Wednesday, June 27, 2012

How to: Running Bow Draw and Pry

Here are the next strokes the Vermont Paddler plans to learn and practice once the rain stops filling the river. The Lamoille practice pool behind the canoe pile will once again host a zany paddler in a solo canoe patiently going back and forth, back and forth, perhaps to the head-scratching delight of passers-by on the Cambridge Rec Path.
And to the delight of Zak the Paddling Pup, who will be the excuse to stop a moment. The stick doesn't fly by itself and he insists with an irresistible stare that the stick flies. 


The Youtube blurb:
Becky Mason takes you for a spin in her cedar-canvas canoe on the crystal clear waters of Lac Vert, Quebec. Be spellbound by the advanced strokes and maneuvers she shows and the stunning underwater camera angles. During the ride, Becky shares her tips, techniques and stories that surround these heritage strokes.

The Resurgence of the Connecticut River

Originally aired 6/21/12 on Vermont Public Radio.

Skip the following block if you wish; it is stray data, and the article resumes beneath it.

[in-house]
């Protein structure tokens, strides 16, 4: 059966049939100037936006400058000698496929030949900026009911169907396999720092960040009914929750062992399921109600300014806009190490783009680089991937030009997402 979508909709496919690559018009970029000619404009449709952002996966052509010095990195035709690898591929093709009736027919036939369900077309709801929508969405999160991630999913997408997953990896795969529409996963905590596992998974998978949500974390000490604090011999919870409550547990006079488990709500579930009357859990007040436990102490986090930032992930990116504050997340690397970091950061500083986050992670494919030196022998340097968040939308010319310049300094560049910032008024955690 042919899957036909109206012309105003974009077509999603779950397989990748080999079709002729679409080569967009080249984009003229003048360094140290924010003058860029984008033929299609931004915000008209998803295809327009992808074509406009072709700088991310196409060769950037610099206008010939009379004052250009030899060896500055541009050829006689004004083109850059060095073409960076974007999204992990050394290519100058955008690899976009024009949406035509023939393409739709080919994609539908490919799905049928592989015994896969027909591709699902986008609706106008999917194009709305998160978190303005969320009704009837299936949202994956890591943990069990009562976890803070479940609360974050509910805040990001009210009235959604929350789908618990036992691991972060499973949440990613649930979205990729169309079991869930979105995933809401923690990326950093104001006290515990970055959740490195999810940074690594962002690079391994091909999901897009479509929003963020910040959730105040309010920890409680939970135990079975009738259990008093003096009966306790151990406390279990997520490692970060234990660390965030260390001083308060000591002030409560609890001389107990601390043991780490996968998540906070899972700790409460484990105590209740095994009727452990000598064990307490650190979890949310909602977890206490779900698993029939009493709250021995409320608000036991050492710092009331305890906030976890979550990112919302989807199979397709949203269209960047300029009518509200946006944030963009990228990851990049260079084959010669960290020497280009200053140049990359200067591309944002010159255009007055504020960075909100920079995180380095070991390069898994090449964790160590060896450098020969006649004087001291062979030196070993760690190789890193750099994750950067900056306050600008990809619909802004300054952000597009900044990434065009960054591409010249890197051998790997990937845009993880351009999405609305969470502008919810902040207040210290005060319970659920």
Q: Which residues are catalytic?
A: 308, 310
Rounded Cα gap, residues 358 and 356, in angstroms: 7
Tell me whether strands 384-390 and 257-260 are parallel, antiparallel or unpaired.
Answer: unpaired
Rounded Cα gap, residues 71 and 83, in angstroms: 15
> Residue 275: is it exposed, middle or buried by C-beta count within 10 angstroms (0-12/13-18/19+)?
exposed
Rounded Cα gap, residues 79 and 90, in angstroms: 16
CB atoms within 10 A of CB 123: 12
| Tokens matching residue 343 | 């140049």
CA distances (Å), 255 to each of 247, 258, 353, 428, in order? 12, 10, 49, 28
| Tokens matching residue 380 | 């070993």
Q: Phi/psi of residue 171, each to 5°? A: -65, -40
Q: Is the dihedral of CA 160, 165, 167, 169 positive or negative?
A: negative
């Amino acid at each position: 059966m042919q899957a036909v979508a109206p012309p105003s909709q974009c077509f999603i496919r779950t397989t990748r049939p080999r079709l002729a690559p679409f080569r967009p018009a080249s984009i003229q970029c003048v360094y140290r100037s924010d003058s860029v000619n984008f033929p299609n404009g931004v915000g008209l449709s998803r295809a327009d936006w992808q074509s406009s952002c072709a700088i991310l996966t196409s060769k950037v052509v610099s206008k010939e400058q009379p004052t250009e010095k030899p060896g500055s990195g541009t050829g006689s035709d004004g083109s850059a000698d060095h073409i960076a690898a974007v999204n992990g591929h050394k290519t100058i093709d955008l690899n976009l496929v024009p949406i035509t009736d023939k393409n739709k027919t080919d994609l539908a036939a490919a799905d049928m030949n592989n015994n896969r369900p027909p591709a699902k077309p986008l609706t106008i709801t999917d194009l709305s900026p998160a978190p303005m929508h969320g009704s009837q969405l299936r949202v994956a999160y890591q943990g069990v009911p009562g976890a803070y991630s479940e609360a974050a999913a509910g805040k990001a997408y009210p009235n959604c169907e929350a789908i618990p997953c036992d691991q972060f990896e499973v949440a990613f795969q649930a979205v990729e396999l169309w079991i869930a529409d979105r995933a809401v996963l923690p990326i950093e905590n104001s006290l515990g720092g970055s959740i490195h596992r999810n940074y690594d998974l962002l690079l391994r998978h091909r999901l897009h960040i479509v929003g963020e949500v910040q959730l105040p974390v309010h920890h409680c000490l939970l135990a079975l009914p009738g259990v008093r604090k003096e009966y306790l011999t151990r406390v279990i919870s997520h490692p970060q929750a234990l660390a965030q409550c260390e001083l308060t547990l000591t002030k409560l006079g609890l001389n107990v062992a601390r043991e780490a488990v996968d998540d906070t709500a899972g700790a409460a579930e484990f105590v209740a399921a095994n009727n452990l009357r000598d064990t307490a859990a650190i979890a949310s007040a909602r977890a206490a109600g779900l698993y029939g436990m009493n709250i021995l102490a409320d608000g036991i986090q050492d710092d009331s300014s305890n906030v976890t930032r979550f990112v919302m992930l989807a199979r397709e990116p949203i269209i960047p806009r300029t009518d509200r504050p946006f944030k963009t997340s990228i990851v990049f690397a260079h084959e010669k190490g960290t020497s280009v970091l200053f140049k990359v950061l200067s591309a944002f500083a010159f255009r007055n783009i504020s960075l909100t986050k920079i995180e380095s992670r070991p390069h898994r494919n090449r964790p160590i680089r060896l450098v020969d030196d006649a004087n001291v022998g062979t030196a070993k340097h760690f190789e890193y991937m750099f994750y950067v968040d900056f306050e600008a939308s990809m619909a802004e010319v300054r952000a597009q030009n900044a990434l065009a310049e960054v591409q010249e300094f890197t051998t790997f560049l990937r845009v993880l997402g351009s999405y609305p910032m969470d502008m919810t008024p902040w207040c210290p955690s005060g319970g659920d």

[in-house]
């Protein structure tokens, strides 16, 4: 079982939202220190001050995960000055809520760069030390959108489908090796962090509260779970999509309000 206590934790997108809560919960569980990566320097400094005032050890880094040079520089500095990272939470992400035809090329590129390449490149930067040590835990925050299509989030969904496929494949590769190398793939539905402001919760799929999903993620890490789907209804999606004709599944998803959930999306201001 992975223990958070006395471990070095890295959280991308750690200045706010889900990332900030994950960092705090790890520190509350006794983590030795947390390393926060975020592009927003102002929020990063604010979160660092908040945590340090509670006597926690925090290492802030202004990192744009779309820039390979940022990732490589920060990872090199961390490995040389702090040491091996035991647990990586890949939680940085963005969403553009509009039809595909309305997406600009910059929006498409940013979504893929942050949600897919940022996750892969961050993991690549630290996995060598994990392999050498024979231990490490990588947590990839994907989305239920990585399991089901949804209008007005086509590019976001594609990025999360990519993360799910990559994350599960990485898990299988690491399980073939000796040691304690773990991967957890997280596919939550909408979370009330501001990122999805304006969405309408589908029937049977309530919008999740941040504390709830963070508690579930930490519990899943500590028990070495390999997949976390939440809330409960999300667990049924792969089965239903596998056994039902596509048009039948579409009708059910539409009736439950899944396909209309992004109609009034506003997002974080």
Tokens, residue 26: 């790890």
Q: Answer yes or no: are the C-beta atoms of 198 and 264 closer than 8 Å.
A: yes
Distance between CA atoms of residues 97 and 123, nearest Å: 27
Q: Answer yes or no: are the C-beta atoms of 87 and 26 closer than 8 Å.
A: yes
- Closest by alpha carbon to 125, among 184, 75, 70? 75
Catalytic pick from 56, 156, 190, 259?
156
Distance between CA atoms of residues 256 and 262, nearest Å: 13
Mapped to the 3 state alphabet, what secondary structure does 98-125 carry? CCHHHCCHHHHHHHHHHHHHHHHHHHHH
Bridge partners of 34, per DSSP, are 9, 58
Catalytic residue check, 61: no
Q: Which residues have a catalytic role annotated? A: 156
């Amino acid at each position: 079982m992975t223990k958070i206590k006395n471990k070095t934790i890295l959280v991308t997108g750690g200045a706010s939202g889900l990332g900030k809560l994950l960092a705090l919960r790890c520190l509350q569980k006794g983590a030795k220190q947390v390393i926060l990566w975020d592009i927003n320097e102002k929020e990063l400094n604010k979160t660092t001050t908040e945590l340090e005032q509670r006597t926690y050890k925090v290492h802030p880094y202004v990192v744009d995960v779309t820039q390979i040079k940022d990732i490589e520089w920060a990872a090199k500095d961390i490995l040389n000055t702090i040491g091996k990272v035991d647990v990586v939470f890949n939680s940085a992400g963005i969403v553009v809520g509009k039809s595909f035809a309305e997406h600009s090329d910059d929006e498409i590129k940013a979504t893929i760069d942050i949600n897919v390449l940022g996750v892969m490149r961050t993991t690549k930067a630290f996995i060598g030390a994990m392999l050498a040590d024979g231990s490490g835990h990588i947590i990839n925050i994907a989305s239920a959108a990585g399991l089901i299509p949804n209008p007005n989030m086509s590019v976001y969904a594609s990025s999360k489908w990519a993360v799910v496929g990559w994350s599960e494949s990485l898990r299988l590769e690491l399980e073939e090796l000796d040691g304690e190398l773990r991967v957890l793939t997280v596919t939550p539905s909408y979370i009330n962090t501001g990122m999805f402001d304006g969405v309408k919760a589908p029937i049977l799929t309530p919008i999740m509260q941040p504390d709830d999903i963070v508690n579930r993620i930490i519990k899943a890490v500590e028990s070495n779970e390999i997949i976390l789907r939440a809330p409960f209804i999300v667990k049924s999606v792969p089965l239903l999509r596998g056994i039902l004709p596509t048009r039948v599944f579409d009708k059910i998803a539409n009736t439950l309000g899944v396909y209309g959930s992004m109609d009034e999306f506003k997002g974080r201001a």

By Tom Slayton
Tom Slayton - photo from VPR.
Canoeing down a river, you hear the rapids long before you see them. The small ones whisper and the big ones rattle and roar. 
I canoed the fast-moving upper reaches of the Connecticut River recently with the Vermont River Conservancy. It had been almost 30 years since I had paddled the upper Connecticut, and I had forgotten how much whitewater there is in that stretch of river - and how beautiful it is. 
We paddled under a pure blue sky with the bright, bright greens of June in the forest on either side of the river. The water was quick-flowing, clean and clear. The bottom was sometimes rocky, sometimes sandy; you could see it clearly through four and five feet of water as we were swept along. 
As we approached the end of the first day's paddle, Lyman Falls, we could hear it rumbling from far off. It's an old, shattered power dam with hazardous chunks of concrete and nasty bits of iron rebar sticking out. They impede the river's flow and make passage tricky. You definitely don't want to get hung up there. 

Thursday, June 21, 2012

Ducks on the Fourth

The Fourth of July is coming fast and the folks at Fairfax Recreation have a Duck Race to raise money for their programs. They need a half-dozen paddlers to shepherd them down the river and gather them up at the end. You can even be on a float in the parade in addition to floating on the river.
The Vermont Paddler plans to be there and hopes you will, too. Here's the skinny:

Contact: Katrina Antonovich fairfaxparksandrec@yahoo.com




The ducky race is at 3:30pm on Wed. July 4, 2012.
Ducks will go in the water around 3:15pm.

Parade is in town at 1pm - ends in the park around 2...
Feel free to be a part of our float in the parade as well...

Canoe in the Sand